Don Lee: Yeager broke sound barrier while injured
Published 12:05 am Saturday, October 31, 2020
I have to admit, I made a mistake in the last week’s column.
I wrote that the P-80 Shooting Star that Yeager flew under the Charleston, West Virginia downtown bridge had two jet engines. Jim Larsen gave me the correct information, it had a single engine.
I had read where the early jets had two, since the engines in those days were not very powerful. Thanks Jim.
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I am now assured that at least two people besides my editor at The Tribune read my column.
I’ll write a little more about Chuck Yeager who, at 97, is doing well in his California home.
One story about his supersonic flight that bears telling again.
He was a rather consistent visitor at the Pancho Barnes’ “Happy Bottom Riding Club.”
He made a comment one time that, if the hours were added up, he would find that he spent more time there than in the air. It was a bar near the Muroc Field now called Edwards Air Force Base. It was frequented by the test pilots from the nearby U.S. Air Force base including Jimmy Dolittle, among others.
This is the story about Yeager that I have heard.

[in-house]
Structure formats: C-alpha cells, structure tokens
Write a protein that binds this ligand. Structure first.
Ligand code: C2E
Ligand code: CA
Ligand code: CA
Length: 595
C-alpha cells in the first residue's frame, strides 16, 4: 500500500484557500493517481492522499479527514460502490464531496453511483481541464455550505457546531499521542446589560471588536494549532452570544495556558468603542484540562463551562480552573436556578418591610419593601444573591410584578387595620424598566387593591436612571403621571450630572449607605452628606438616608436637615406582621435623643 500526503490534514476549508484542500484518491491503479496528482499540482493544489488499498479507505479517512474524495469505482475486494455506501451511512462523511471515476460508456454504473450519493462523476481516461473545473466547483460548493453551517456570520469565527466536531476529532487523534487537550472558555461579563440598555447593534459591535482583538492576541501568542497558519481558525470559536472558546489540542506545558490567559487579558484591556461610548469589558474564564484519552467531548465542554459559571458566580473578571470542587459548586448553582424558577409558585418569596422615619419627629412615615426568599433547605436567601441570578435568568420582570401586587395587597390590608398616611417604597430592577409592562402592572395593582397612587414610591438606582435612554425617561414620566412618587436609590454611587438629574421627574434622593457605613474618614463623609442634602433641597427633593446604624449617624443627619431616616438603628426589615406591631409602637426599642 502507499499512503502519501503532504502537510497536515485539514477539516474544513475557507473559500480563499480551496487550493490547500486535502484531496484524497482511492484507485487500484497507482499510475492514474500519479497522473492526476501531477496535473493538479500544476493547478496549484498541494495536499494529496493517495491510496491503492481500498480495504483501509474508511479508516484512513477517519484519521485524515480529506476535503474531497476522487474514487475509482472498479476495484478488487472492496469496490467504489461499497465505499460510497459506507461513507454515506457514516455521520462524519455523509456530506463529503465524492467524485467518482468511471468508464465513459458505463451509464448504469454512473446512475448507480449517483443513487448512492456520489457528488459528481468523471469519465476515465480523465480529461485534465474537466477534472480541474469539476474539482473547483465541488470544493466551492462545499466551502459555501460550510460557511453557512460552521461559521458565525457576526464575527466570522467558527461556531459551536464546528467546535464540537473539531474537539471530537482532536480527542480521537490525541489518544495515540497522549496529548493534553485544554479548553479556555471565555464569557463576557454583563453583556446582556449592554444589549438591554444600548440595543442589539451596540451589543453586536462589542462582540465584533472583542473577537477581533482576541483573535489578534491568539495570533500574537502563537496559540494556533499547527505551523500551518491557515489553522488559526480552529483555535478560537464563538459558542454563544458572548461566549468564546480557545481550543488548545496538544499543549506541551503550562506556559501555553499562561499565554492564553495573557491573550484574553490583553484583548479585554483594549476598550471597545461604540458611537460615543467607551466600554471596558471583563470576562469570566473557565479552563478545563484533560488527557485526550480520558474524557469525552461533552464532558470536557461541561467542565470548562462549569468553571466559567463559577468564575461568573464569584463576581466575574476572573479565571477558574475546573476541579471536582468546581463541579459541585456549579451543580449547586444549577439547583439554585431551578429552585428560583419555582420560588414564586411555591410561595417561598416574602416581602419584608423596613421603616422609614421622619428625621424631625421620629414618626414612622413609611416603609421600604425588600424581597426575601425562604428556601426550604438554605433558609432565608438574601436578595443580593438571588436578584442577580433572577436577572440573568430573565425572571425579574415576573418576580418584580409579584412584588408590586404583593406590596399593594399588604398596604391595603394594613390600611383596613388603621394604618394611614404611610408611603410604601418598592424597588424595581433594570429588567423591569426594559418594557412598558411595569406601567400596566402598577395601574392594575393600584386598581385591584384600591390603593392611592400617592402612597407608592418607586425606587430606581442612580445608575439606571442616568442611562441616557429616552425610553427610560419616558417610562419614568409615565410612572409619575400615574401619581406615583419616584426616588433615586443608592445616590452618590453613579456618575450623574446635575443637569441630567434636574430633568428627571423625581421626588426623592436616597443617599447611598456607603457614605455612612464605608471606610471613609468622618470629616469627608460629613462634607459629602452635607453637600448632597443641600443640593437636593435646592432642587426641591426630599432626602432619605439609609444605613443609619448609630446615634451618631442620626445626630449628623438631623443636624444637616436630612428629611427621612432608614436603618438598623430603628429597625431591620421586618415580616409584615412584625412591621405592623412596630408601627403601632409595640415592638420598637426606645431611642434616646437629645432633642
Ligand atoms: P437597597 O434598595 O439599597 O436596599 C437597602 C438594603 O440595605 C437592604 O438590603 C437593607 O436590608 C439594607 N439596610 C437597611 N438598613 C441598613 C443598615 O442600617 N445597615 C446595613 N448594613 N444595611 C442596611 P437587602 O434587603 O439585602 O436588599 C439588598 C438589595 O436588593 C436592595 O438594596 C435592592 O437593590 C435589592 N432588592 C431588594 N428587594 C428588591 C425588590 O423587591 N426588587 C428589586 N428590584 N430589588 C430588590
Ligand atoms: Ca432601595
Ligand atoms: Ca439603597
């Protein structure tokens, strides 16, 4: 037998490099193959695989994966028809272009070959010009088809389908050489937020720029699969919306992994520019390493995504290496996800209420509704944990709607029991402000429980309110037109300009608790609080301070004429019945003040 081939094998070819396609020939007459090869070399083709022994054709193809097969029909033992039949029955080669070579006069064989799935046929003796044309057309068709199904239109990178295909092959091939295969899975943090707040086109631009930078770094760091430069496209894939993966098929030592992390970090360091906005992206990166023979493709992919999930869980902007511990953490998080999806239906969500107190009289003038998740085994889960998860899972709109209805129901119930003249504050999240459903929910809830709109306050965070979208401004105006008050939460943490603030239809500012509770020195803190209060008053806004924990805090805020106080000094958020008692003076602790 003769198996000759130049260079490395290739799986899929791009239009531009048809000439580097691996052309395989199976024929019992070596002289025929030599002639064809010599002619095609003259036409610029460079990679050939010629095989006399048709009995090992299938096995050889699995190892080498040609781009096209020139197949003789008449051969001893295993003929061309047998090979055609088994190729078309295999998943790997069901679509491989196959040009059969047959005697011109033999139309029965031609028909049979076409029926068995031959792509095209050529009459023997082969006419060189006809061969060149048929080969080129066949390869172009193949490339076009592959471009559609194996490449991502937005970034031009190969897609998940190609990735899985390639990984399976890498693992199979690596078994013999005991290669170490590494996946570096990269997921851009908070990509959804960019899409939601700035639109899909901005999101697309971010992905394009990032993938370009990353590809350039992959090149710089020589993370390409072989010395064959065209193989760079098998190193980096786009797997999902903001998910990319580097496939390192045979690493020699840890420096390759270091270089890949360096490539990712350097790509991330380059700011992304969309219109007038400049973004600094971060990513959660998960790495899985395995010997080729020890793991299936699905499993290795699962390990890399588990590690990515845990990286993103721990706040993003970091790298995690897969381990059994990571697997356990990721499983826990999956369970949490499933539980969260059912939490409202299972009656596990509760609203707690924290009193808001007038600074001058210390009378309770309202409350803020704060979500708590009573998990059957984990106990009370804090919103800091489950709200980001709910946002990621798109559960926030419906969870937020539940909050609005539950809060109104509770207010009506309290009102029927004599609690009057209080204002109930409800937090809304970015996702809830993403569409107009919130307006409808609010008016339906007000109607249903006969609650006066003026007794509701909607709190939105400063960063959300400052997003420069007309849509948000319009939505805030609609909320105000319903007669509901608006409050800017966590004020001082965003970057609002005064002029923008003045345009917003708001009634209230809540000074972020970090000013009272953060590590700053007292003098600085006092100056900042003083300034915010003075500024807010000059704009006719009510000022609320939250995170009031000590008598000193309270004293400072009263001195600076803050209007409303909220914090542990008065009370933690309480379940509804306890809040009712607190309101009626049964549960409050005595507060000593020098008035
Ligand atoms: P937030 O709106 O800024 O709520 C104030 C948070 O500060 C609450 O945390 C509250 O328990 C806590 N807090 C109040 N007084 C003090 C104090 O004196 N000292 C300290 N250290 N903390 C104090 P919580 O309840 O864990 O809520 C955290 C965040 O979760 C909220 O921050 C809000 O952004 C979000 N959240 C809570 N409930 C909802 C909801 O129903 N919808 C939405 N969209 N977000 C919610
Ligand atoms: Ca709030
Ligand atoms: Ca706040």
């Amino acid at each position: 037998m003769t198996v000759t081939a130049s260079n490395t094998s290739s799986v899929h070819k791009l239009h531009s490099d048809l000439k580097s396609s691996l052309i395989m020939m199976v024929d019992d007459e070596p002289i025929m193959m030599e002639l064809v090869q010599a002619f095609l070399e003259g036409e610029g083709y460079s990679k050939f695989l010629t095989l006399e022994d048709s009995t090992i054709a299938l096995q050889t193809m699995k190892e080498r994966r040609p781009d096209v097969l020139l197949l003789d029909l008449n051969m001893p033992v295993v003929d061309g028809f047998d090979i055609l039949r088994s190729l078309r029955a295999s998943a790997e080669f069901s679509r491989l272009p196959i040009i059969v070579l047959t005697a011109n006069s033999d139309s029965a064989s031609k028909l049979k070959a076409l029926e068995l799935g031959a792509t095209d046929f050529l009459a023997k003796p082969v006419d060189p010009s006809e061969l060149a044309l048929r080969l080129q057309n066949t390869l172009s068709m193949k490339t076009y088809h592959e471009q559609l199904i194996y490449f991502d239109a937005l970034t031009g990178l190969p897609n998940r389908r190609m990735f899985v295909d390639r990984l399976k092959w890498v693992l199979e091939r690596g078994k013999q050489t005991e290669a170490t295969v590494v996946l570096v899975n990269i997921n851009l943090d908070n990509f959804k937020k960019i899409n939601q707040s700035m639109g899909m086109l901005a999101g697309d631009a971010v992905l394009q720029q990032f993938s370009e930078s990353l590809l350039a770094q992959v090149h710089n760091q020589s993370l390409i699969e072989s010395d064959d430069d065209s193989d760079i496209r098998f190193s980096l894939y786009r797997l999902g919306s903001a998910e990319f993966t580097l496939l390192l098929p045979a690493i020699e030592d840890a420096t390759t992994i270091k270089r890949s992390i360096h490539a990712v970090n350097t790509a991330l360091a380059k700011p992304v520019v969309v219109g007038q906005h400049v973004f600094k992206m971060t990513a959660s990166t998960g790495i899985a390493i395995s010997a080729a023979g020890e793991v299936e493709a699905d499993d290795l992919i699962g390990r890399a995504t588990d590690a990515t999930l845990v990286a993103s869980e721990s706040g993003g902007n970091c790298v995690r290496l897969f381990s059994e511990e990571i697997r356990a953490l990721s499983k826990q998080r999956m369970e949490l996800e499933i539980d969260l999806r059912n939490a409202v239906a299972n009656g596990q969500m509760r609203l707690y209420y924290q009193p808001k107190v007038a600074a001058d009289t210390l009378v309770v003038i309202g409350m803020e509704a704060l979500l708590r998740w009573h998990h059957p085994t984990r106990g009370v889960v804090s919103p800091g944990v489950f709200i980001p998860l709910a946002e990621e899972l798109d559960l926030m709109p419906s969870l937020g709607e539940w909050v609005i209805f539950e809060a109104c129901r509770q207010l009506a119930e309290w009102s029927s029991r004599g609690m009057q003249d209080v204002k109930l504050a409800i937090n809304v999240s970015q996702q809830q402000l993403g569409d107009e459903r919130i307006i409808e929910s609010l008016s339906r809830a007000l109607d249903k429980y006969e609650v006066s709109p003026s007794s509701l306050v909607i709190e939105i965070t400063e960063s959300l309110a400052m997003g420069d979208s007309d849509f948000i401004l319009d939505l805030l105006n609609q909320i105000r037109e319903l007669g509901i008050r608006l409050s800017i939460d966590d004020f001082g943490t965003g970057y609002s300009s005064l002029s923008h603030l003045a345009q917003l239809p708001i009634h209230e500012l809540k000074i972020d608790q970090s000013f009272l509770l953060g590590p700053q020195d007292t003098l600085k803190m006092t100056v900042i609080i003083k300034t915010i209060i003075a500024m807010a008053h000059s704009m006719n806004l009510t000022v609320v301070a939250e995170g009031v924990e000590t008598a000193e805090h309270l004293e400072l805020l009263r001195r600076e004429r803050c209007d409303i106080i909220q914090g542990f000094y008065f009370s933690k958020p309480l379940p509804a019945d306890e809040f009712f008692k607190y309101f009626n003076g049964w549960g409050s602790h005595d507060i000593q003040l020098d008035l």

One evening, Chuck was at Pancho’s enjoying a libation, why else would one go to a bar?
He had been there for a while and was riding a horse on the way home.
At a gate, which he was trying to open, he fell off the horse and cracked a few ribs, which can be very painful.
Next day, he went to a civilian doctor who taped him up.
(I know it can be very painful. Just last year, I had a similar injury and I didn’t even have an excuse of visiting a bar. When I asked about taping, my doctor said, “We don’t tape them up anymore, just tolerate the pain and in 6 weeks, it will be gone.”)
Two days later, Chuck was scheduled to try to go supersonic in the Bell XS-1.
He found that he could not latch the canopy on the plane. One of his fellow pilots found a broom stick that could be used to lever the canopy shut. They never told others he was injured.
On Oct. 14,1947, he broke the sound barrier over Rogers Dry Lake by flying the rocket powered Bell XS-1 plane at 1.05 Mach at 45,000 feet. The feat was not announced to the public.
You can see the Bell XS-1, which is on display in the Smithsonian Air and Space Museum near the Dulles Airport in Washington, D.C.-area.
Yeager had an outstanding record in WWII. He was credited with 11.5 victories and destroyed two Messerschmitert Bf 109s without firing a shot.
He was getting into a firing position and the German pilot panicked and broke to the right, colliding with his wingman. Both pilots survived by bailing out.
On that mission, he became an ace in a day by downing five enemy planes.
He is also credited with shooting down a German jet fighter, a Me 262, while it was landing.
He is an amazing guy.
Don Lee, a pilot flying out of Lawrence County Airport since 1970, has been in charge of equipment and grounds maintenance for the last several years. He can be reached at firstname.lastname@example.org